Objectives/background: Pregnant women report disturbed sleep beginning in early pregnancy. Among nonpregnant populations, exercise has been associated with improved sleep; however, research in pregnant samples has been equivocal. We examined whether varying degrees of exercise were associated with better nocturnal sleep among pregnant women during early gestation.
Participants: 172 pregnant women.
Methods: Self-reported sleep and exercise and objective sleep were collected during early gestation: T1 (10-12 weeks), T2 (14-16 weeks), and T3 (18-20 weeks) from 172 pregnant women. Exercise was categorized into three time-varying groups: 0 metabolic equivalent minutes per week (MET-min/week), 1 to < 500 MET-min/week, or ≥ 500 MET-min/week. Linear mixed-effects models were employed to test hypotheses.
Results: A significant main effect for Time (F[2,254] = 9.77, p < 0.0001) and Time*Exercise group interaction were observed for actigraphic sleep efficiency (aSE) (F[4,569] = 2.73, p = 0.0285). At T2, women who reported ≥ 500 MET-min/week had higher aSE than those who reported 0 MET-min/week. Significant main effects for Exercise Group and Time were observed for actigraphic wake after sleep onset (aWASO; F[2,694] = 3.04, p = 0.0483 and F[2,260] = 3.21, p = 0.0419). aWASO was lowest for those reporting 1 to < 500 MET-min/week (t = 2.35, adjusted p = .0489) and aWASO decreased from T1 to T3 (t = 2.53, adjusted p value = 0.036). Lastly, there was a main effect for Time for the PSQI (F[2,689] = 52.11, p < 0.0001), indicating that sleep quality improved over time.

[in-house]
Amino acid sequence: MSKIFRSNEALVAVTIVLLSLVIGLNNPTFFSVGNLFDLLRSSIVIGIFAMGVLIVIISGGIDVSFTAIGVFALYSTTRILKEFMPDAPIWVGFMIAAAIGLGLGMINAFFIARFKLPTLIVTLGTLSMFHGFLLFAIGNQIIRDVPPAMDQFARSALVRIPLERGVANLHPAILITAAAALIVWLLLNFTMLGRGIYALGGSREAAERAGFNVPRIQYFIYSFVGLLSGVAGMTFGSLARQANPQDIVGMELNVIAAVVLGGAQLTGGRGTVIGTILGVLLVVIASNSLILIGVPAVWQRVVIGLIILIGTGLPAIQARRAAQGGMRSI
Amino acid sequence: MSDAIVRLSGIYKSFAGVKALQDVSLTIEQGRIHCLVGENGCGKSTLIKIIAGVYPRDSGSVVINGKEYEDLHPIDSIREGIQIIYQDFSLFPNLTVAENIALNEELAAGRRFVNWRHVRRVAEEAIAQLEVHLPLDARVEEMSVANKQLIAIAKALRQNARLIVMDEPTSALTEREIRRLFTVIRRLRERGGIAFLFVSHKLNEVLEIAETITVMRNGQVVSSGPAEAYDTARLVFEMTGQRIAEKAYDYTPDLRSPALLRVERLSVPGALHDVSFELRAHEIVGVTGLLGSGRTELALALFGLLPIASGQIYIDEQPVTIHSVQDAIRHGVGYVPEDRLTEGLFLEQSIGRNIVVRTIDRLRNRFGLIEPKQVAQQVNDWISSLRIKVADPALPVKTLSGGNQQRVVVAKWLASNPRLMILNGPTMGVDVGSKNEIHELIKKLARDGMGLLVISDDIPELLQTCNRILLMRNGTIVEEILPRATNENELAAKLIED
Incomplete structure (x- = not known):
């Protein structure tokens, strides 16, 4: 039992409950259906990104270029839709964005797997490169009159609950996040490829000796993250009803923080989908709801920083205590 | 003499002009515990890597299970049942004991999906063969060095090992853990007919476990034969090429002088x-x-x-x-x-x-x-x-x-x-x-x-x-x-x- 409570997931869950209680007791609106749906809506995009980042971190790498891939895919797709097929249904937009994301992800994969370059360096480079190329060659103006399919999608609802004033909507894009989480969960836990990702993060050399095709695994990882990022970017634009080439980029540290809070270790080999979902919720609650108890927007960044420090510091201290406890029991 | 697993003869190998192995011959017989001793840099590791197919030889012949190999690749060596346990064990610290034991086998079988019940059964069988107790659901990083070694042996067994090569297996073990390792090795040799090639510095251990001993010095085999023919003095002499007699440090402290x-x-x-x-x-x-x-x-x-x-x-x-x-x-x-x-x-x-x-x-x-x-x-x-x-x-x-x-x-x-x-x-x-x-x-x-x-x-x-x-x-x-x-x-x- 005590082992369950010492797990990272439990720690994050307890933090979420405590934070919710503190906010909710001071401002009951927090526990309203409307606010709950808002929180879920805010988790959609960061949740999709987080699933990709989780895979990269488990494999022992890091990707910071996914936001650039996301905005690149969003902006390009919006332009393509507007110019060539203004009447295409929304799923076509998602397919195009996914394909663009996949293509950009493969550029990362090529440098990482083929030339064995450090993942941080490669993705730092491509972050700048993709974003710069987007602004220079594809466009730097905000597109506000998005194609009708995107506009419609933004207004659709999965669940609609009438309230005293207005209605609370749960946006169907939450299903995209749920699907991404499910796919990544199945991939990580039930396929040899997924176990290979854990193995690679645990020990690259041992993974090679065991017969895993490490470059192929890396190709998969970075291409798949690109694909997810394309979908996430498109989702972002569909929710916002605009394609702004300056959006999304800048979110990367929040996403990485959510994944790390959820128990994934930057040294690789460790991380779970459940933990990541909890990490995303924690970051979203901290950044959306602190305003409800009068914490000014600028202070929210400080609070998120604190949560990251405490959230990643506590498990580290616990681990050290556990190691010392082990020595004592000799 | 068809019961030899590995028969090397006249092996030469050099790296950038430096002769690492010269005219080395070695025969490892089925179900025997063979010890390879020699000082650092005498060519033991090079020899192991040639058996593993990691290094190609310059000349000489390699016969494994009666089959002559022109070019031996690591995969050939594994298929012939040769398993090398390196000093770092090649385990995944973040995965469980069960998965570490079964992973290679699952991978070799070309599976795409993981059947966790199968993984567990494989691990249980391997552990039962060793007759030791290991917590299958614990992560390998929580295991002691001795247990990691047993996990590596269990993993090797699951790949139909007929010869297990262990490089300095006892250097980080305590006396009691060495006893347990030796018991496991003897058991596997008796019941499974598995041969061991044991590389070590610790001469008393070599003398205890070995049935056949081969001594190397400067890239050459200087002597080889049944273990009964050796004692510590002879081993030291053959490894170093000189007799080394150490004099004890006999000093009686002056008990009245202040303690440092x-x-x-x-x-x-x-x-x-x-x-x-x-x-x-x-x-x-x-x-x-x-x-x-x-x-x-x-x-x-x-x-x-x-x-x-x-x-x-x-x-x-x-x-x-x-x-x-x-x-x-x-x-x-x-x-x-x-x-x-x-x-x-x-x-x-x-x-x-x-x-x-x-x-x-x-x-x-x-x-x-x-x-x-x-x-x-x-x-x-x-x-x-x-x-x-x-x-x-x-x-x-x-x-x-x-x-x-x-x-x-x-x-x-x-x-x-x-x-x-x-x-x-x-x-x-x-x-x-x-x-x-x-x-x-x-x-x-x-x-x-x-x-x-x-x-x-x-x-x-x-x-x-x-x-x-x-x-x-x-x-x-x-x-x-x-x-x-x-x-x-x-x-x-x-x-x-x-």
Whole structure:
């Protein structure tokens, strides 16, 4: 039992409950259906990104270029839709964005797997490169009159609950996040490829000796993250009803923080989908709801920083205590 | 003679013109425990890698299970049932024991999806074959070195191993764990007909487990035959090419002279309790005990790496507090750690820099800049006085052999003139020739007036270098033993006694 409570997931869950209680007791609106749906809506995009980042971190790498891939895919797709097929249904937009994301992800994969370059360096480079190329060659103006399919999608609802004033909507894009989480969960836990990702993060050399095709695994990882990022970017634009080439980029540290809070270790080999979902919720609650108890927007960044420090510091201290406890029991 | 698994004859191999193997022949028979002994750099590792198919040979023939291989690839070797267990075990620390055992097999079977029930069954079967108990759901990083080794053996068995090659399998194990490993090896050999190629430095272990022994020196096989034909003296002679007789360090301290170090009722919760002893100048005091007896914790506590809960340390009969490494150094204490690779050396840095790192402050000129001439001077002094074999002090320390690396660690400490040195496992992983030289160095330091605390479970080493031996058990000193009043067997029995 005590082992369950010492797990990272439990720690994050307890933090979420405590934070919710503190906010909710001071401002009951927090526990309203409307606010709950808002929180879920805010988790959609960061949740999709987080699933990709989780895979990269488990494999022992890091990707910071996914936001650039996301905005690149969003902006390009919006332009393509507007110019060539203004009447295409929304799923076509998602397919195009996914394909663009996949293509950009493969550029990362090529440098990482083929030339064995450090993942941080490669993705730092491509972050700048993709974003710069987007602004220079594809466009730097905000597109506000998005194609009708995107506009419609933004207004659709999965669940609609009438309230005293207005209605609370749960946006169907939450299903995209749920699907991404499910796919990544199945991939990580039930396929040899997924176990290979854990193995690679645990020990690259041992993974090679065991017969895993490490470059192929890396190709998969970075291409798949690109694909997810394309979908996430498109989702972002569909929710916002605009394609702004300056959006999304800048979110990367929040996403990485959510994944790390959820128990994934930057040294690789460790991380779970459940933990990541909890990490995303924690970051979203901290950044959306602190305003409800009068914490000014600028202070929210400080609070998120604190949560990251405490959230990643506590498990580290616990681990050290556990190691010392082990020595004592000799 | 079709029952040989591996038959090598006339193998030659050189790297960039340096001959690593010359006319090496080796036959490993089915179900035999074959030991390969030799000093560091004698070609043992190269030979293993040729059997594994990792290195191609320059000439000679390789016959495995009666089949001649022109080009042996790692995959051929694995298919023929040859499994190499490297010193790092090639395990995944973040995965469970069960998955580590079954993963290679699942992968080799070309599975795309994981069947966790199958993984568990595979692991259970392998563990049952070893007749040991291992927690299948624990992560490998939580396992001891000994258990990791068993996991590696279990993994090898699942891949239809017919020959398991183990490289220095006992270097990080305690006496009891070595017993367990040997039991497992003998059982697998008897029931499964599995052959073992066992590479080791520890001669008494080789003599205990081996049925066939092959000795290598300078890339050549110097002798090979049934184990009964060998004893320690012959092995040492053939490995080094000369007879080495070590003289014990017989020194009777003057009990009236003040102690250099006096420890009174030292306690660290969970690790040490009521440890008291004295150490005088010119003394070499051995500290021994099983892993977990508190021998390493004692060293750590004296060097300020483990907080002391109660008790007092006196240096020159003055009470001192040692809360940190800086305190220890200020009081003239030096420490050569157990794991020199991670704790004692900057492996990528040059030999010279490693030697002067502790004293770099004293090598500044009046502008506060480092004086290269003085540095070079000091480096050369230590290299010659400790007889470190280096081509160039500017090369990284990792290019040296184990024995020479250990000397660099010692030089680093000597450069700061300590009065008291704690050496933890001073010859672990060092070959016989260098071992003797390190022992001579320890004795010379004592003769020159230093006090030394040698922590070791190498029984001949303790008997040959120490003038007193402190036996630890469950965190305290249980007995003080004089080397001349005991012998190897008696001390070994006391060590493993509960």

Conclusions: Some level of exercise among pregnant women appears to be more advantageous than no exercise at all. Moderate exercise, while still unclearly defined, may be a worthwhile adjunct treatment to combat sleep disturbances during pregnancy.